Moreover, the present invention provides an improved method of manipulation or working of the metal during solidification in the continuous casting and offers substantial and important advantages over the prior processes and machines as heretofore employed in continuous casting operations.
The present invention also contemplates the provision of faster and more efiicient cooling of the solidified shapes within the mold cavity.
Important features of the present invention which materially contribute in obtaining the advantages aforesaid comprise a special sectional mold structure having vertically divided sections, each of which is supported at its lower end portion on a pivotal bearing to permit of oscillatory vibrational movement and mechanism for vibrating the sections having articulated connection to the upper end portions of the mold sections. The associated arrangement in operation provides that the amplitude of vibrational movement at the upper part of the mold shall be at its maximum with a decrease gradually towards the lower part of the mold. In consequence, the vibrational working of the metal as it passes through the mold and is progressively cooled therein is with a maximum of vibrational movement at the hotter or entering end of the mold and with a minimum or negligible vibration at the lower or discharge end thereof thus to attain a progressively closer proximity of the metal, as it cools and solidifies, with the mold wall so that better cooling is obtained.
The foregoing and other objects and advantages of the present invention will become apparent from the following description taken in conjunction with the accompanying drawing, in which:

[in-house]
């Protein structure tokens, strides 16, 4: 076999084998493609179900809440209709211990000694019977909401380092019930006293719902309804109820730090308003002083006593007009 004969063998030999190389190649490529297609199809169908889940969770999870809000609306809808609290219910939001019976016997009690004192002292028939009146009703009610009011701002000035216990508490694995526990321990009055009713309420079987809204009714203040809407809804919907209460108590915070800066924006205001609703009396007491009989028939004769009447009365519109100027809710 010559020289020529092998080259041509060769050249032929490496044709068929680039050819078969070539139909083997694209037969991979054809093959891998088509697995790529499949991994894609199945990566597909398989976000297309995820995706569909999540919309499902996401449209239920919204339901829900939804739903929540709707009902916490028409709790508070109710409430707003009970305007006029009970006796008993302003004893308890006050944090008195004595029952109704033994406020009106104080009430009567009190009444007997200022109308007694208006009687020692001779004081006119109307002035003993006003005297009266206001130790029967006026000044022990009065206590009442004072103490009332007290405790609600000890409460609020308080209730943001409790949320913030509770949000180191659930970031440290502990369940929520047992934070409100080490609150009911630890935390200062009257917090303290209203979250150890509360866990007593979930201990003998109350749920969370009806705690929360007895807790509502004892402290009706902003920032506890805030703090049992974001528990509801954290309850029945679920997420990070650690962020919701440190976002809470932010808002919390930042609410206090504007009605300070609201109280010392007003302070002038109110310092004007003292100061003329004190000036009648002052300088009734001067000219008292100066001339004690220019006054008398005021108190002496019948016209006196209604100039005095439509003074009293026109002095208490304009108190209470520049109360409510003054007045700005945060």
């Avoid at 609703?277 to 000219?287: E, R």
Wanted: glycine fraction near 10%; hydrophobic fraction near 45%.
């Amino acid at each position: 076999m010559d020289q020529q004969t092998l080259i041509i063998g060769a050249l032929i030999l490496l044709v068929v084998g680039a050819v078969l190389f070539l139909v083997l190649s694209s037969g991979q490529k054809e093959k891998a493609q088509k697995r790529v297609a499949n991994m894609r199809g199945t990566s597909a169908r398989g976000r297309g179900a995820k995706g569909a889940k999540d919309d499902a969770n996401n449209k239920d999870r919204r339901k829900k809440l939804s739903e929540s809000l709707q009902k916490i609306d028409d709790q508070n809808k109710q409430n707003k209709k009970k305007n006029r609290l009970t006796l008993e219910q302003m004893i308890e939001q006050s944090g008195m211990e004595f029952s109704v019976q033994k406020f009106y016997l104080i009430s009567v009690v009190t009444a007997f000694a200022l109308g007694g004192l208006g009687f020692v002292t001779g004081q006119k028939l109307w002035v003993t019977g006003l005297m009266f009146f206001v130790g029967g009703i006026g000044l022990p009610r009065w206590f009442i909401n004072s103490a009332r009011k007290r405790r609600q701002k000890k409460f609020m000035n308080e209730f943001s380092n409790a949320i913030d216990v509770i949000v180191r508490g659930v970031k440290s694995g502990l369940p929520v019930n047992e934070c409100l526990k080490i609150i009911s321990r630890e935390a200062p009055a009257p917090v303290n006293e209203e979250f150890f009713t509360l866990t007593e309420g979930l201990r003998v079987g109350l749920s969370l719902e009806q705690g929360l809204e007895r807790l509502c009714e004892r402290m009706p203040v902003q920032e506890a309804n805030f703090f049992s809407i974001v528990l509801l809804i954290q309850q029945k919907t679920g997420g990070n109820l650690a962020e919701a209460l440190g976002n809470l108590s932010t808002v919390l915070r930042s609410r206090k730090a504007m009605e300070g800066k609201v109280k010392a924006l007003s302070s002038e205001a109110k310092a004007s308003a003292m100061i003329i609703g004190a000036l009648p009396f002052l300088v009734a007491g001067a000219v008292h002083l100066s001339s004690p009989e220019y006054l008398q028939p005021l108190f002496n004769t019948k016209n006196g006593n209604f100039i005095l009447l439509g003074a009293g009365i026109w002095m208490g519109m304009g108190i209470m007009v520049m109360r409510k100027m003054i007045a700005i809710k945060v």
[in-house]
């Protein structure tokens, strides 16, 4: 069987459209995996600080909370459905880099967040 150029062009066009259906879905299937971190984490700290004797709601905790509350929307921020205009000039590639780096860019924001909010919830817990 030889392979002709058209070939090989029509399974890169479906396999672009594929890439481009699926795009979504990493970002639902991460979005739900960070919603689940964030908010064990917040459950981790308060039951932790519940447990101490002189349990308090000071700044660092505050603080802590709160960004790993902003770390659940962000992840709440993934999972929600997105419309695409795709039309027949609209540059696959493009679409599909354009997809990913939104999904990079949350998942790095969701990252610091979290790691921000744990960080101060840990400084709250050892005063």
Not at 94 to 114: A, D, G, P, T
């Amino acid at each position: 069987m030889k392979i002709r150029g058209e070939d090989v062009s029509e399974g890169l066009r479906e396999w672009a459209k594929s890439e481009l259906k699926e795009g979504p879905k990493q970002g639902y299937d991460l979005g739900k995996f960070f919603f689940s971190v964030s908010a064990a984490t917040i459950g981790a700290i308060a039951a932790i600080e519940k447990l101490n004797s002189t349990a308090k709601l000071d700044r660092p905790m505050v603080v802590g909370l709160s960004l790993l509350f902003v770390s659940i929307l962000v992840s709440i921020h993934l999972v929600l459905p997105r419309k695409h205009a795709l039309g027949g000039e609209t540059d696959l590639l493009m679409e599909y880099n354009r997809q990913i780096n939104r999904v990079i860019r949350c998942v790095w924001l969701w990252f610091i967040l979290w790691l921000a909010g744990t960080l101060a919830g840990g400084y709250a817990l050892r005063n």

Fig. 1 is an elevational view of a vertically split, sectional mold casting machine embodying the features of the invention;
Fig. 2 depicts a plan view of Fig. l; and
Fig. 3 illustrates an enlarged detailed elevational view, partly in section, of the improved sectional mold and oscillating mechanism embodying the present invention.
2,698,978 Patented Jan. 11, 1955 Generally speaking, the present invention comprises a continuous molding machine having a plurality of mating sections forming a vertically-split mold which is provided with means near the upper extremities of the mating sections for vibrating the sections radially to and away from each other and which is provided with cooperating means near the lower extremities of the mating sections for pivotally supporting the sections and for maintaining said lower extremities in substantially constant spaced relationship.
According to the improvement embodying the present invention, each mold section is supported by two ball or roller bearings located one on each side of the section at the lower extremity thereof, and the vibrating linkage is attached to the top of the mold section through a ball and socket joint. By this arrangement, an oscillatory movement diminishing in amplitude from the top to the bottom may be imparted to the die sections around the supporting bearings.